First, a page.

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Luojia Forum: Prof. John Robertson delivers lecture on the “future of electronics and new materials theory
Author:Liu Xiaojing  Date:2019-06-02  Clicks:

On May 15, Professor John Robertson, distinguished Fellow of the Royal Society,  delivered a lecture entitled “Future of electronics and where new materials theory can help” at the Old Library, one of the earliest historical buildings of Wuhan University.

Prof. John Robertson at Luojia Forum

Professor John Robertson is a professor of Electronic Engineering at Cambridge University. He is also a Fellow of the American Physical Society, the Institute of Electrical and Electronics Engineers (IEEE) and the Materials Research Society, and an Emeritus editor of the journal Diamond and Related Materials.

He has published over 600 journal papers with over 33,000 citations, which makes him a highly cited ISI author in materials science. His research interests cover general electronic materials, such as materials for the Complementory Metal-Oxide Semiconductor(CMOS) gate stack, high dielectric constant oxides, thin film transistors, including amorphous semiconducting oxides, carbon nanotubes, graphene, diamond-like carbon, and chemical vapor deposition(CVD) processes.

WHUers are listening to Prof. Robertson’s lecture

In his lecture, Prof. Robertson offered a historical account of the semiconductor industry and the obstacles it faced in its further development. He pointed out that the dominance of Si/SiO₂ posed difficulties for the making of semiconductors, due to the limitation of this kind of material, while also acknowledging the current frontier of this industry. He discussed the introduction of multiple new materials in the area of “Complementary Metal-Oxide-Semiconductor Transistors” (CMOS) in order to upgrade the technology. Prof. Robertson took HfO₂ as an example, highlighting that HfO₂ could replace SiO₂ based on thermodynamics and band offset criteria. At the end of his lecture, he cast some light on the fact that, “memory is of great significance, storage class memory is rather interesting, but 3D Fe Random Access Memory(FeRAM) will be critical.” He also drew a conclusion that new materials are needed but, so far, the current development is somewhat disappointing.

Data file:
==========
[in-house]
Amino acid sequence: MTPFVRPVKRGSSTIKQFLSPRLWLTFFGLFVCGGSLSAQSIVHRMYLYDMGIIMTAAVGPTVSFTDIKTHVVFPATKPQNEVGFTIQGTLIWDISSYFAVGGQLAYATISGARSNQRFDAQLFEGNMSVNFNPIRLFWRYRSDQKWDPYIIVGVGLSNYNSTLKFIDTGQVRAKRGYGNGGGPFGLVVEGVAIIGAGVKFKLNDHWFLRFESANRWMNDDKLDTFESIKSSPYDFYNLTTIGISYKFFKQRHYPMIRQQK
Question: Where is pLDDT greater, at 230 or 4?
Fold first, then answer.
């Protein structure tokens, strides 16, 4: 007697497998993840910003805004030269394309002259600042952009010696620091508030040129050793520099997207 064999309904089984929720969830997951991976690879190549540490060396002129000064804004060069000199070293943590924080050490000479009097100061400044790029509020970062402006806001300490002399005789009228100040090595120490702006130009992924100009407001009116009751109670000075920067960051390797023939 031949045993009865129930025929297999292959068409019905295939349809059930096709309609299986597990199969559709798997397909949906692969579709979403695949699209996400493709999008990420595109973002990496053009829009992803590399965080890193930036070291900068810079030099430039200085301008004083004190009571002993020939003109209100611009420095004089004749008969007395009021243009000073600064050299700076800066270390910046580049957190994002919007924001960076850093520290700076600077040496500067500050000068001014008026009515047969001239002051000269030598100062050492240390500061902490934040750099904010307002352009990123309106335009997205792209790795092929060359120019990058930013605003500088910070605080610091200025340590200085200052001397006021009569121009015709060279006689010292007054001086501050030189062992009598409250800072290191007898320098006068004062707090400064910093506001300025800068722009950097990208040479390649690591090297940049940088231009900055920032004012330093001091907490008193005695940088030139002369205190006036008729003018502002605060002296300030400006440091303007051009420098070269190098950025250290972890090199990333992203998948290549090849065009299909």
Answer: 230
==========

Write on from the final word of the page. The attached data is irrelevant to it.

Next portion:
At the end of his lecture, Prof. Robertson patiently answered questions posed by the students present. The forum drew to a close with huge applause and great appreciation.

Prof. John Roberson with WHU students and faculties in front of the Old Library

Photo by Sun Xihong

Edited by Xu Yixian, Wei Junyi

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